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The Netherlands Will Return the "Lombok Treasure"

09.07.2023
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https://www.bbc.com/news/world-europe-66125072

Minister of Culture Gunay Uslu explained that the Dutch government made this decision following the recommendations of a special committee that investigated the issue of cultural property taken from the colonies. In a report published in 2020, this committee called on the government to give expropriated valuables to the former Dutch colonies if these countries so desire.

“The Netherlands must take responsibility for its colonial past by making the recognition and restoration of justice a key principle of policy towards colonial collections [of art, artifacts],” the report said.

“This is the first time we are returning items that should not have ended up in the Netherlands. Minister Uslu said. “But we don't just return items. We are truly ushering in an era in which we will cooperate more intensively with Indonesia and Sri Lanka."

Among the valuables that will be returned to the Netherlands are the so-called "Lombok treasure" - a large amount of precious stones, gold and silver, which were seized by the Dutch military in the royal palace on the Indonesian island of Lombok in 1894. Sri Lanka will receive, in particular, a 17th-century bronze cannon richly adorned with precious stones, which is now on display in the Amsterdam Rijksmuseum - the Rijksmuseum. This cannon, as historians suggest, was presented by a local nobleman to the monarch of Kandy. The Kingdom of Kandy before colonization was an independent state on part of the island of Sri Lanka.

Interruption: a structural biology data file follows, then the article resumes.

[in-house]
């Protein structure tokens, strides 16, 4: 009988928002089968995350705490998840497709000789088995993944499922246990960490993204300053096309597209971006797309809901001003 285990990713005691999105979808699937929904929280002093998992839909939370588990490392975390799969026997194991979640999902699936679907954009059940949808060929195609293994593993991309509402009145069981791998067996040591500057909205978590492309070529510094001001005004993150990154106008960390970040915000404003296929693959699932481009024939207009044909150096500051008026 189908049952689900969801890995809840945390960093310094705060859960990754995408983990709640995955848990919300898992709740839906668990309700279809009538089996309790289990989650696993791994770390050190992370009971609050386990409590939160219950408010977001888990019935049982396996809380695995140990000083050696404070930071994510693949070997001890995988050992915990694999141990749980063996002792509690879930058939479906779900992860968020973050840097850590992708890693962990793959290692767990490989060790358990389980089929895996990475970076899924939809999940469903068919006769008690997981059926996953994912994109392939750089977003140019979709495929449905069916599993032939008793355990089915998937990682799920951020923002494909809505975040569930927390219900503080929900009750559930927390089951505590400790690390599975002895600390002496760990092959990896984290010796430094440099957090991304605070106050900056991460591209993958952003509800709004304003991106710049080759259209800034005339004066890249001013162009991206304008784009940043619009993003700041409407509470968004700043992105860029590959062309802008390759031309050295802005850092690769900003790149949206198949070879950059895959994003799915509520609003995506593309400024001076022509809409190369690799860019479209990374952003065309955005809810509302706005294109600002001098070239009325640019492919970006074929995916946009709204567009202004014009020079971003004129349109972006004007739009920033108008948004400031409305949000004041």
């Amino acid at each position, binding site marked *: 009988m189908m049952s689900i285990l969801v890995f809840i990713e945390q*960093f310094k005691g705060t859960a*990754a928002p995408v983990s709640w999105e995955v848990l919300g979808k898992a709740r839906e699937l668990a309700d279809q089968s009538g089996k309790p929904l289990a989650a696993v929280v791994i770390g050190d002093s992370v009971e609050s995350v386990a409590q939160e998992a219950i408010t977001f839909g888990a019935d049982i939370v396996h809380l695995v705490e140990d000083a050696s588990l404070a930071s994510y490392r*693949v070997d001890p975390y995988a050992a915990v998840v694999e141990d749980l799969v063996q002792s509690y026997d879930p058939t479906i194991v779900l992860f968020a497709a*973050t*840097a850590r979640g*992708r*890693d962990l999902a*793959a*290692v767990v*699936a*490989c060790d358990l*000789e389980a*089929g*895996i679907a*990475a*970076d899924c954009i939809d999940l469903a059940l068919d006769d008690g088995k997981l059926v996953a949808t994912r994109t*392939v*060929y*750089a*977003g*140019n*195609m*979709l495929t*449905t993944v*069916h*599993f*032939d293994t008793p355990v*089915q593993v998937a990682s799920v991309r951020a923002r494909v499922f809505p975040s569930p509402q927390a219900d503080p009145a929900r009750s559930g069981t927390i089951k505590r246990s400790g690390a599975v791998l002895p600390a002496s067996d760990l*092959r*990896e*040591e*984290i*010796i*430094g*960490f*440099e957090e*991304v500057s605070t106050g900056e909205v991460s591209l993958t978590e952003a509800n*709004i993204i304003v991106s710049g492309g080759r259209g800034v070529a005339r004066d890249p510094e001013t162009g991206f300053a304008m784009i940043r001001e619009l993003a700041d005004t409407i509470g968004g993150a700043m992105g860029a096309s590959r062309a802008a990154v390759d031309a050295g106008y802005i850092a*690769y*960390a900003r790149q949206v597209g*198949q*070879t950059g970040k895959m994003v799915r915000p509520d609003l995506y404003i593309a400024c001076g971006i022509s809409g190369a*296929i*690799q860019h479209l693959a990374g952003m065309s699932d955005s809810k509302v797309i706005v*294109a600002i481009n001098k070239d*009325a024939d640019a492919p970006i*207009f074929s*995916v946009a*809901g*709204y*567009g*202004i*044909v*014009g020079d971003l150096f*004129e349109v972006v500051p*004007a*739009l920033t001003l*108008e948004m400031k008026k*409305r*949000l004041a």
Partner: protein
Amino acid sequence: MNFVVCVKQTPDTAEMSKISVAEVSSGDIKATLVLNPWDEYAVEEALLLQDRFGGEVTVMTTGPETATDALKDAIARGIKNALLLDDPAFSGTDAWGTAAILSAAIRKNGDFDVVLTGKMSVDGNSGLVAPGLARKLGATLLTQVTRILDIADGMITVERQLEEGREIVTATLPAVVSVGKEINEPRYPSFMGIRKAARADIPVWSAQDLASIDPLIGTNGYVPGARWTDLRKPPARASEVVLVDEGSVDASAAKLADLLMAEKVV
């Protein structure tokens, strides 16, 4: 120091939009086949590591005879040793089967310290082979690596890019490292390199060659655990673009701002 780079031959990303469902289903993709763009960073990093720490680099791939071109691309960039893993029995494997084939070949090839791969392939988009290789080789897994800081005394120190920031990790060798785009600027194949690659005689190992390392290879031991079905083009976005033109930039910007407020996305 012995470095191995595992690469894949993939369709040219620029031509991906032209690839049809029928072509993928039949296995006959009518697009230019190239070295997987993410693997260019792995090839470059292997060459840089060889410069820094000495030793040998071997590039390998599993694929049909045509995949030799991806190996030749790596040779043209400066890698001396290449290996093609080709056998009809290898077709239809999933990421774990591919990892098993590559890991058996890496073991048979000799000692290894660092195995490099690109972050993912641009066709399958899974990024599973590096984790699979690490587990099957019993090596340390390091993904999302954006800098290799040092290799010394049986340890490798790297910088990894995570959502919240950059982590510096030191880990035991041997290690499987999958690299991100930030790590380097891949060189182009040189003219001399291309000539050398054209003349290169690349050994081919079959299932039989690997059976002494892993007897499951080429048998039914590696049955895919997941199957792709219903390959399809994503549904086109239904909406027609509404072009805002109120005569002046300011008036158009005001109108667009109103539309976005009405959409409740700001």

In 1765, the Dutch captured it (and ceded Sri Lanka to the British half a century later).

In recent years, the Netherlands has begun to officially reconsider its attitude towards its own colonial past. Last week, King Willem-Alexander publicly apologized for Dutch involvement in the slave trade. Holland had colonies all over the world, including gigantic Indonesia, and hundreds of thousands of people passed through the hands of its slave traders. Other European countries, in particular, Britain and Germany, are also gradually starting the process of returning the exported valuable artifacts to the former colonies.

 

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